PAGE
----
CN: I think if there’s any concept at the heart of the record – and it’s certainly not a concept album – then it’s the idea that the songs are drawn from the band’s real-life experiences during the last few years. It’s not just a lyrical thing. The way the other guys felt when we were making the record comes across in the way that they play. It contributes to the heaviness, the intensity and the aggression you hear on New Horizon. It’s a very accurate reflection of how we felt during the last couple of years.
rushonrock: Aside from your music it’s the longevity of the band’s original line-up that sets you apart from so many peers – what’s the secret behind your unity?
CN: There’s no clever answer here. We just make sure that we have a really good, regular barny to clear the air. If anything is bothering any one of us then it’s best to get it out in the open. It’s always best to talk about things and that’s just like any relationship. This wouldn’t have lasted if we didn’t know how to communicate with each other! A band won’t last six months if it doesn’t have some kind of chemistry at its heart. In that respect we hit the jackpot. We have four guys who really complement each other professionally and personally. There are no egos and no divas. It’s a very democratic band from songwriting to expressing ourselves on stage. Everyone gets their fill.
rushonrock: Does it help having a psychology graduate in the ranks?
CN: I think if anything that works against us!
rushonrock: You’ve started a run of 40 gigs in 50 days – is that a challenge you relish?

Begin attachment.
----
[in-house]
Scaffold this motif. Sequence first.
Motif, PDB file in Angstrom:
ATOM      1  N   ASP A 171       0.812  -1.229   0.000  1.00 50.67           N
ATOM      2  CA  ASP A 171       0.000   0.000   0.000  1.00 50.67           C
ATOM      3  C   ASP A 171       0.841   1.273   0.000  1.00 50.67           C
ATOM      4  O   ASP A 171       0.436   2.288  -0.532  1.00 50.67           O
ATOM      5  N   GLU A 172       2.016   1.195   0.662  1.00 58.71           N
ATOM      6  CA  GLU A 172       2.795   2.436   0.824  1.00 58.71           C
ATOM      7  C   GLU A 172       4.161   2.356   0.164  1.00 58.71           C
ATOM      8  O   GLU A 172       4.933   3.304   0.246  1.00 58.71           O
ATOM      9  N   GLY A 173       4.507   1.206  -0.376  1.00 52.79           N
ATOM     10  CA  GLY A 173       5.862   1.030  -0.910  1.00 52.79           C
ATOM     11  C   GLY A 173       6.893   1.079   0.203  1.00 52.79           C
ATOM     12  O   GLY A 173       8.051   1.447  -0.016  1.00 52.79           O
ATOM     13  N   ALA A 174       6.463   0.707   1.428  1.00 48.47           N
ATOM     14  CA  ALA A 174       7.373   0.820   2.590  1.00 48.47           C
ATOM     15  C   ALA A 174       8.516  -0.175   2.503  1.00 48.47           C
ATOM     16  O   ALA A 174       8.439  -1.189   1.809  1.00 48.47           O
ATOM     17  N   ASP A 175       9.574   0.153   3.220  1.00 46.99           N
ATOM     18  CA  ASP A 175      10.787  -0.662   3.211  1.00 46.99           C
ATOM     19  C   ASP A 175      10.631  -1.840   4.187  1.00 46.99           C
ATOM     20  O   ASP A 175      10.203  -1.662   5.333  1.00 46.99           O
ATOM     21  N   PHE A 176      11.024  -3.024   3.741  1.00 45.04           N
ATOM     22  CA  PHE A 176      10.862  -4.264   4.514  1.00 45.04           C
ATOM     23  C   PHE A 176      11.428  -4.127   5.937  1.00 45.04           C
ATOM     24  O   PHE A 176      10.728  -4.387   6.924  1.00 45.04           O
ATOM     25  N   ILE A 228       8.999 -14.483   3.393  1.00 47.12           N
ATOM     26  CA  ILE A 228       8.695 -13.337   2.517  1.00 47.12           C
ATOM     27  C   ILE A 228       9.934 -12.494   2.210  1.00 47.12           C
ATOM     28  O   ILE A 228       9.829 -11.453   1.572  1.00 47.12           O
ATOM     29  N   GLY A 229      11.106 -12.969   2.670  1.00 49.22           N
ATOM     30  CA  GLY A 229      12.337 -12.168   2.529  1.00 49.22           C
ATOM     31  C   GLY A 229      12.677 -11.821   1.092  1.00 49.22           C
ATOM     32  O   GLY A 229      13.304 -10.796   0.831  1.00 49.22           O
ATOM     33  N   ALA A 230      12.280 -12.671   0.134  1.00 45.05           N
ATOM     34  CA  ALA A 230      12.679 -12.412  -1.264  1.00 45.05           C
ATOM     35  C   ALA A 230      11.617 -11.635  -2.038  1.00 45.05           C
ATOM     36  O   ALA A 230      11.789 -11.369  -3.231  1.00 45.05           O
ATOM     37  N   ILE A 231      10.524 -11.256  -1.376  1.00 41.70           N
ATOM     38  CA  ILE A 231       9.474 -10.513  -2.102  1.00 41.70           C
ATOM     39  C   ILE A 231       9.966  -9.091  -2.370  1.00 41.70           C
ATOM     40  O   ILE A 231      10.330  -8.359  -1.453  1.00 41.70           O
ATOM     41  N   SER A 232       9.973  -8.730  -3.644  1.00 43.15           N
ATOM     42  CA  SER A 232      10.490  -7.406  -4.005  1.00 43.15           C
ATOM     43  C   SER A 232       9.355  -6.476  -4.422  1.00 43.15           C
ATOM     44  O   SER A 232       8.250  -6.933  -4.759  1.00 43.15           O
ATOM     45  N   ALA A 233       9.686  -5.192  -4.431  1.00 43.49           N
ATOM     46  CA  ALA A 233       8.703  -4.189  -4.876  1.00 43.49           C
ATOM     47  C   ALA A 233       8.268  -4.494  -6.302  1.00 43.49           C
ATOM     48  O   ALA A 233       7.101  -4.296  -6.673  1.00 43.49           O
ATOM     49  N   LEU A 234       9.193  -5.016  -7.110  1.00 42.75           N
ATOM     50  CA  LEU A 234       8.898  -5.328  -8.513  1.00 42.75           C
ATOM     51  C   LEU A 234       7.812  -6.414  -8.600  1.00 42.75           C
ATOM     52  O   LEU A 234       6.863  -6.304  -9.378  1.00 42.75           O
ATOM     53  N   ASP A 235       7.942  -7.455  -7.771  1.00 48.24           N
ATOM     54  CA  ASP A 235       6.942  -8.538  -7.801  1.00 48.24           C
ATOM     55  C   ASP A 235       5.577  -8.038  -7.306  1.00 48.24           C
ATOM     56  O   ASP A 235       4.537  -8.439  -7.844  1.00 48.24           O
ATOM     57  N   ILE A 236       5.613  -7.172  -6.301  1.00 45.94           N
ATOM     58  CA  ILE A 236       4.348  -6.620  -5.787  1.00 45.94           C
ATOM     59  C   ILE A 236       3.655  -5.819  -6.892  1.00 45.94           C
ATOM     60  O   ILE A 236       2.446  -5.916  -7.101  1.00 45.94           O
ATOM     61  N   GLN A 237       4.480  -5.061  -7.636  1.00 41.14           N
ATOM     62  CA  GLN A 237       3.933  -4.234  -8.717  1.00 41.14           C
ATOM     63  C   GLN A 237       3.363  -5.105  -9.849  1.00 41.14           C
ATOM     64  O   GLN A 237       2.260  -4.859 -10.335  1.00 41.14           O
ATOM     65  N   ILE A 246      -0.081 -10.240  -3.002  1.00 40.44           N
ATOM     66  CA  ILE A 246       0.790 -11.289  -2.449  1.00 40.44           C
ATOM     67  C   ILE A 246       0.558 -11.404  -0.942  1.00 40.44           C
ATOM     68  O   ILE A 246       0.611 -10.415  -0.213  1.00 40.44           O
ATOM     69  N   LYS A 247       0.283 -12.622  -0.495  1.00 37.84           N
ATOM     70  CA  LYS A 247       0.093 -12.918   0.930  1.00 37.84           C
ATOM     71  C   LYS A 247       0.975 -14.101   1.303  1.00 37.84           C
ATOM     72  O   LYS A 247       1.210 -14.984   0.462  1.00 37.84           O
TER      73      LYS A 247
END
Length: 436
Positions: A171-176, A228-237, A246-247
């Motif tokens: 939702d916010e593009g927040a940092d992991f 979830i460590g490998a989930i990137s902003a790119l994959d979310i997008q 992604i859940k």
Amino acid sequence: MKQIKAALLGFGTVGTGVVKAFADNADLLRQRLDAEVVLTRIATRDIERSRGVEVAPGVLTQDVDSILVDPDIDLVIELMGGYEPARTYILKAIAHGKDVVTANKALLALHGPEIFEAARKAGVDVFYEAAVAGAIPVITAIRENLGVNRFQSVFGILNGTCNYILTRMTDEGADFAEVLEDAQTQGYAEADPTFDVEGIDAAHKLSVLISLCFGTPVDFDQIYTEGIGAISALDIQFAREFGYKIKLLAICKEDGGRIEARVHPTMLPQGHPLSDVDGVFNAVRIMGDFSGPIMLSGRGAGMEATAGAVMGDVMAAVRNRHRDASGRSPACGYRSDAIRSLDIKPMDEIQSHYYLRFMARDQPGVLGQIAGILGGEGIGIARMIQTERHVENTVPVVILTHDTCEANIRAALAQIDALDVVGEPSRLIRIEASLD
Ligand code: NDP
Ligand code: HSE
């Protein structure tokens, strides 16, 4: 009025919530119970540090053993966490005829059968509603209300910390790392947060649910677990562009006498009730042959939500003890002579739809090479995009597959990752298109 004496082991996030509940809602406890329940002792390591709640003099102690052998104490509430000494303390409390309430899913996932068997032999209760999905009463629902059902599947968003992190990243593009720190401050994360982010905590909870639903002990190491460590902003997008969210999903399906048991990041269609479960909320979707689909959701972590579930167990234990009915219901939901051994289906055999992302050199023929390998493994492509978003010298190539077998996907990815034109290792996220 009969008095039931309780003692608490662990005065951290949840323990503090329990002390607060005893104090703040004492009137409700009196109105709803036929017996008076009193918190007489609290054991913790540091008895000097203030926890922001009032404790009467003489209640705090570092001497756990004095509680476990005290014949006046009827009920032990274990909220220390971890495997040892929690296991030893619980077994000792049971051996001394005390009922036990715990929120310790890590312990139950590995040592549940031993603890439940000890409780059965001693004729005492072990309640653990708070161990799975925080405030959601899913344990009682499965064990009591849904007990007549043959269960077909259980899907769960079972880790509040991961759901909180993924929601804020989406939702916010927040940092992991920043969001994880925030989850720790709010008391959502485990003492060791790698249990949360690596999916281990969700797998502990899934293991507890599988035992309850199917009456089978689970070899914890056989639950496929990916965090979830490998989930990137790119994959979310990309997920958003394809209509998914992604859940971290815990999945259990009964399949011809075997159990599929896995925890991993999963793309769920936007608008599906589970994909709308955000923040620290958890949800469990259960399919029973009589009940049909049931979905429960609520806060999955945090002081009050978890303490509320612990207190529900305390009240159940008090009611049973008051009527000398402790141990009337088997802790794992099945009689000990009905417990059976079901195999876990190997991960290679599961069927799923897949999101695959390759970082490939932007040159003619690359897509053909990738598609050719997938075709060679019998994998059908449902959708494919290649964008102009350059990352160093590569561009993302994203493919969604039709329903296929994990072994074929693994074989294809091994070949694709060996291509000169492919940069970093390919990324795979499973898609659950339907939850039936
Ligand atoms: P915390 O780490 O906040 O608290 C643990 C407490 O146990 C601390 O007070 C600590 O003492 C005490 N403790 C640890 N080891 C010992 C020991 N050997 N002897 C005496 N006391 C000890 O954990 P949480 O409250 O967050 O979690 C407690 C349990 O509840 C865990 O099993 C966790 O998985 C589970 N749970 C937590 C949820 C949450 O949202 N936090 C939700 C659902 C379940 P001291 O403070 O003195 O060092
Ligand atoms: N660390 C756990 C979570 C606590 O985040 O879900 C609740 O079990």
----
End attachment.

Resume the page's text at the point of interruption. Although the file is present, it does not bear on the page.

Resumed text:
CN: Definitely. We love playing live. It’s always been so important to this band. It’s a way of defining The Answer – who we are, who we were and who we might be. The challenge of taking the new music and blending it with the old stuff excites me. This latest run is quite a big old tour and I hadn’t actually sat down and looked at the schedule in too much detail. I’m anticipating a long old slog but we live for the next show. That’s what gets us through.
rushonrock: You have Tracer opening up – another cracking act on what is a mouthwatering double bill…
CN: It’s a fantastic bill. Tracer are a superb band in their own right. I’ve been looking forward to taking a real high calibre rock n roll band on the road with us and seeing what we can do. We did the same with The Union last time out and it guaranteed the fans value for money. That’s so important right now. You can’t rely on a local band opening up for you anymore – there has to be something extra on the bill. Every penny counts. And we always want the bands we play with to be part of the overall gig experience. We’ve also got Cage The Gods up first. They’re another great band – relatively new to the scene but worth turning up early for. It’s a three-band bill and I’d suggest you catch all three bands!
rushonrock: You’ve used an iconic Storm Thorgerson image on your album sleeve – what was it like working with him before he passed away?
CN: He worked to a tried and tested process and it was incredible to be a part of that process. It began with him giving the record a number of repeated listens so he could get a feel for the music. Then the process moved to a 12-question form that all four members of the band were asked to complete. It went out to all of us but we were not allowed to discuss our answers or comments as a group. At that point Storm focused on the individual. Then it was a case of opening up the floodgates and everything going into the pot. It was a very thorough process that involved him getting immersed in the project. After a while the sketched concepts started to come through. All of them were brilliant and all of them were very different – it was just a case of choosing one for the finished album. From a personal point of view it was a very interesting process. Storm was obviously very ill at the time and yet he was still throwing himself into projects like this. He was put on this earth to contribute to popular culture and will be remembered for leaving behind an incredible legacy. To be a small part of that legacy is amazing.
* Read a review of The Answer and Tracer on their UK autumn 2013 tour here: http://bit.ly/HdQC6O